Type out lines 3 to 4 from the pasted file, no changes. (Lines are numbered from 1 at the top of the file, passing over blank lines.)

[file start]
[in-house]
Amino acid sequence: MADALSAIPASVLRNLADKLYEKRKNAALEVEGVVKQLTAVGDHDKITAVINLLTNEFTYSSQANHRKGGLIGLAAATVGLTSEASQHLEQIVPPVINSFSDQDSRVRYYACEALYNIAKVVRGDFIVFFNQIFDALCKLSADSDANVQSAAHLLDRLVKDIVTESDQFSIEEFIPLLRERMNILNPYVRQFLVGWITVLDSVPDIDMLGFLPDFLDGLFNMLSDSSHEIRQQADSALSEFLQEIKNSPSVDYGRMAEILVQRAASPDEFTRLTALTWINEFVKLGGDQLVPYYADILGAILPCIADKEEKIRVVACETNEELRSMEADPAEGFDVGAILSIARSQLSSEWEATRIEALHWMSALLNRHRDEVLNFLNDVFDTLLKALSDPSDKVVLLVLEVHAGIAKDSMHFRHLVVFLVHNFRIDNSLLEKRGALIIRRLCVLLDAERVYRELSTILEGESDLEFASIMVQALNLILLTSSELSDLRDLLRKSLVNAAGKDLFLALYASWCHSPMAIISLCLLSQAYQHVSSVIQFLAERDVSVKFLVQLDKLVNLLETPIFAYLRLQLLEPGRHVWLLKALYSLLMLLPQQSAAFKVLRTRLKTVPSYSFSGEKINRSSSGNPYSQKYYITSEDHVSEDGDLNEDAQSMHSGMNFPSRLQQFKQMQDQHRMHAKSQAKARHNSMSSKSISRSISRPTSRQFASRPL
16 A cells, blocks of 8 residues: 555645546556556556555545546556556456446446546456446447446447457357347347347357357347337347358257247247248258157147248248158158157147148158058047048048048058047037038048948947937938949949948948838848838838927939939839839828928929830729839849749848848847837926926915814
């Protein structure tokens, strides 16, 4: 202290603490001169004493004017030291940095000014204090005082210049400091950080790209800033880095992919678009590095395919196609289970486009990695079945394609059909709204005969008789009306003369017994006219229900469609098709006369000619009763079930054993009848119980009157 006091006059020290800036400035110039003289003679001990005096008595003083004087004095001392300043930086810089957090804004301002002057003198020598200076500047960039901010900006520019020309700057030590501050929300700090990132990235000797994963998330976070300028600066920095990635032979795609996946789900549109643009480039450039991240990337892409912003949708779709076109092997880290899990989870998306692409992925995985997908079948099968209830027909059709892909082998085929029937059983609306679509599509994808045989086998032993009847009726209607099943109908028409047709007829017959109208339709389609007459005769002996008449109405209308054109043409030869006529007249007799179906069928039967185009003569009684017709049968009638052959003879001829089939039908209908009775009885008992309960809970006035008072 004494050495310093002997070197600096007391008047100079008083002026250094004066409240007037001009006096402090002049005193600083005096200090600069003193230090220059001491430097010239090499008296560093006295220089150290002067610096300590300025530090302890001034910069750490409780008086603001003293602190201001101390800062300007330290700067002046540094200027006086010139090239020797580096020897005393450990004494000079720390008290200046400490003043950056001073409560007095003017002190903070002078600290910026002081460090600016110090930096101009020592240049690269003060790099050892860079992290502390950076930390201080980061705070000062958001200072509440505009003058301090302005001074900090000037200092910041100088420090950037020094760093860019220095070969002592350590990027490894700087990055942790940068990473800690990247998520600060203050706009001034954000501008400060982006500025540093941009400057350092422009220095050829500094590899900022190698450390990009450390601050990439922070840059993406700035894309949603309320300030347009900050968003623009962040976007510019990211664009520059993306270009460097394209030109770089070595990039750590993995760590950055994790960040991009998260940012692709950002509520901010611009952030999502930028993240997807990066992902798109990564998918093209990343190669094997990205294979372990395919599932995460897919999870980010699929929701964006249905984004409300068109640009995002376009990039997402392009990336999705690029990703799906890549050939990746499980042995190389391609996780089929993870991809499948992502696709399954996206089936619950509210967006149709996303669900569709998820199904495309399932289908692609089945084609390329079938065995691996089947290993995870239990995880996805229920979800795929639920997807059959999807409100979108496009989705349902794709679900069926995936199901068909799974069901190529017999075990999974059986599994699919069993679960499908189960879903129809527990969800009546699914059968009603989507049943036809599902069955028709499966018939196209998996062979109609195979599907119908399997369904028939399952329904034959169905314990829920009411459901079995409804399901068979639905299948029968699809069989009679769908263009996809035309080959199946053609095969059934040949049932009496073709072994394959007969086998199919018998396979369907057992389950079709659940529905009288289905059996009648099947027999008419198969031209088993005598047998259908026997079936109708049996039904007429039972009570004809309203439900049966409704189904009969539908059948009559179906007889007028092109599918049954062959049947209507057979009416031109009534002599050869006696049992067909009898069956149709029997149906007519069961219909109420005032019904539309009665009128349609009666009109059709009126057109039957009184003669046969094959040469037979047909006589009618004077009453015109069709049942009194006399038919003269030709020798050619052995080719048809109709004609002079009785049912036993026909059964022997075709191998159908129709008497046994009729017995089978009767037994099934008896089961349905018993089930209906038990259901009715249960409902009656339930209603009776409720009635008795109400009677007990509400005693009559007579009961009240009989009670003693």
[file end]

16 A cells, blocks of 8 residues: 555645546556556556555545546556556456446446546456446447446447457357347347347357357347337347358257247247248258157147248248158158157147148158058047048048048058047037038048948947937938949949948948838848838838927939939839839828928929830729839849749848848847837926926915814
């Protein structure tokens, strides 16, 4: 202290603490001169004493004017030291940095000014204090005082210049400091950080790209800033880095992919678009590095395919196609289970486009990695079945394609059909709204005969008789009306003369017994006219229900469609098709006369000619009763079930054993009848119980009157 006091006059020290800036400035110039003289003679001990005096008595003083004087004095001392300043930086810089957090804004301002002057003198020598200076500047960039901010900006520019020309700057030590501050929300700090990132990235000797994963998330976070300028600066920095990635032979795609996946789900549109643009480039450039991240990337892409912003949708779709076109092997880290899990989870998306692409992925995985997908079948099968209830027909059709892909082998085929029937059983609306679509599509994808045989086998032993009847009726209607099943109908028409047709007829017959109208339709389609007459005769002996008449109405209308054109043409030869006529007249007799179906069928039967185009003569009684017709049968009638052959003879001829089939039908209908009775009885008992309960809970006035008072 004494050495310093002997070197600096007391008047100079008083002026250094004066409240007037001009006096402090002049005193600083005096200090600069003193230090220059001491430097010239090499008296560093006295220089150290002067610096300590300025530090302890001034910069750490409780008086603001003293602190201001101390800062300007330290700067002046540094200027006086010139090239020797580096020897005393450990004494000079720390008290200046400490003043950056001073409560007095003017002190903070002078600290910026002081460090600016110090930096101009020592240049690269003060790099050892860079992290502390950076930390201080980061705070000062958001200072509440505009003058301090302005001074900090000037200092910041100088420090950037020094760093860019220095070969002592350590990027490894700087990055942790940068990473800690990247998520600060203050706009001034954000501008400060982006500025540093941009400057350092422009220095050829500094590899900022190698450390990009450390601050990439922070840059993406700035894309949603309320300030347009900050968003623009962040976007510019990211664009520059993306270009460097394209030109770089070595990039750590993995760590950055994790960040991009998260940012692709950002509520901010611009952030999502930028993240997807990066992902798109990564998918093209990343190669094997990205294979372990395919599932995460897919999870980010699929929701964006249905984004409300068109640009995002376009990039997402392009990336999705690029990703799906890549050939990746499980042995190389391609996780089929993870991809499948992502696709399954996206089936619950509210967006149709996303669900569709998820199904495309399932289908692609089945084609390329079938065995691996089947290993995870239990995880996805229920979800795929639920997807059959999807409100979108496009989705349902794709679900069926995936199901068909799974069901190529017999075990999974059986599994699919069993679960499908189960879903129809527990969800009546699914059968009603989507049943036809599902069955028709499966018939196209998996062979109609195979599907119908399997369904028939399952329904034959169905314990829920009411459901079995409804399901068979639905299948029968699809069989009679769908263009996809035309080959199946053609095969059934040949049932009496073709072994394959007969086998199919018998396979369907057992389950079709659940529905009288289905059996009648099947027999008419198969031209088993005598047998259908026997079936109708049996039904007429039972009570004809309203439900049966409704189904009969539908059948009559179906007889007028092109599918049954062959049947209507057979009416031109009534002599050869006696049992067909009898069956149709029997149906007519069961219909109420005032019904539309009665009128349609009666009109059709009126057109039957009184003669046969094959040469037979047909006589009618004077009453015109069709049942009194006399038919003269030709020798050619052995080719048809109709004609002079009785049912036993026909059964022997075709191998159908129709008497046994009729017995089978009767037994099934008896089961349905018993089930209906038990259901009715249960409902009656339930209603009776409720009635008795109400009677007990509400005693009559007579009961009240009989009670003693």